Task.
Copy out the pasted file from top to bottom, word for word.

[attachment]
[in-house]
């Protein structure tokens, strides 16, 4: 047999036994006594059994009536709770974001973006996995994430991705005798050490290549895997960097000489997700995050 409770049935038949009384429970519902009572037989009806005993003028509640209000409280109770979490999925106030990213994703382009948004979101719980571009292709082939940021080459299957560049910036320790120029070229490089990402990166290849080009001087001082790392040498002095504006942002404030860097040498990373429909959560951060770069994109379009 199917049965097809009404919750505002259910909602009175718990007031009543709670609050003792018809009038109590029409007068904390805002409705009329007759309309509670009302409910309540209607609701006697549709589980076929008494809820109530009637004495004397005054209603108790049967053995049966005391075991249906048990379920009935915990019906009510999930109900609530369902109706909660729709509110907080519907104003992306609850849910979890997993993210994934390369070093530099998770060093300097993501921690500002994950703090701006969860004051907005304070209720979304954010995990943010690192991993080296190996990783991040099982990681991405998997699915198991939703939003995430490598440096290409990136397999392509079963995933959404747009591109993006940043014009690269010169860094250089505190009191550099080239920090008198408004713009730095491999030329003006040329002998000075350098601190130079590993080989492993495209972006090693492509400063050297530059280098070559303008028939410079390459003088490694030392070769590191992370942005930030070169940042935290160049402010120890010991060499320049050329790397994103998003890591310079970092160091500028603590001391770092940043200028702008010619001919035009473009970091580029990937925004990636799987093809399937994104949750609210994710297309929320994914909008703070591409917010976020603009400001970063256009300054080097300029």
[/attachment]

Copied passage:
[in-house]
């Protein structure tokens, strides 16, 4: 047999036994006594059994009536709770974001973006996995994430991705005798050490290549895997960097000489997700995050 409770049935038949009384429970519902009572037989009806005993003028509640209000409280109770979490999925106030990213994703382009948004979101719980571009292709082939940021080459299957560049910036320790120029070229490089990402990166290849080009001087001082790392040498002095504006942002404030860097040498990373429909959560951060770069994109379009 199917049965097809009404919750505002259910909602009175718990007031009543709670609050003792018809009038109590029409007068904390805002409705009329007759309309509670009302409910309540209607609701006697549709589980076929008494809820109530009637004495004397005054209603108790049967053995049966005391075991249906048990379920009935915990019906009510999930109900609530369902109706909660729709509110907080519907104003992306609850849910979890997993993210994934390369070093530099998770060093300097993501921690500002994950703090701006969860004051907005304070209720979304954010995990943010690192991993080296190996990783991040099982990681991405998997699915198991939703939003995430490598440096290409990136397999392509079963995933959404747009591109993006940043014009690269010169860094250089505190009191550099080239920090008198408004713009730095491999030329003006040329002998000075350098601190130079590993080989492993495209972006090693492509400063050297530059280098070559303008028939410079390459003088490694030392070769590191992370942005930030070169940042935290160049402010120890010991060499320049050329790397994103998003890591310079970092160091500028603590001391770092940043200028702008010619001919035009473009970091580029990937925004990636799987093809399937994104949750609210994710297309929320994914909008703070591409917010976020603009400001970063256009300054080097300029």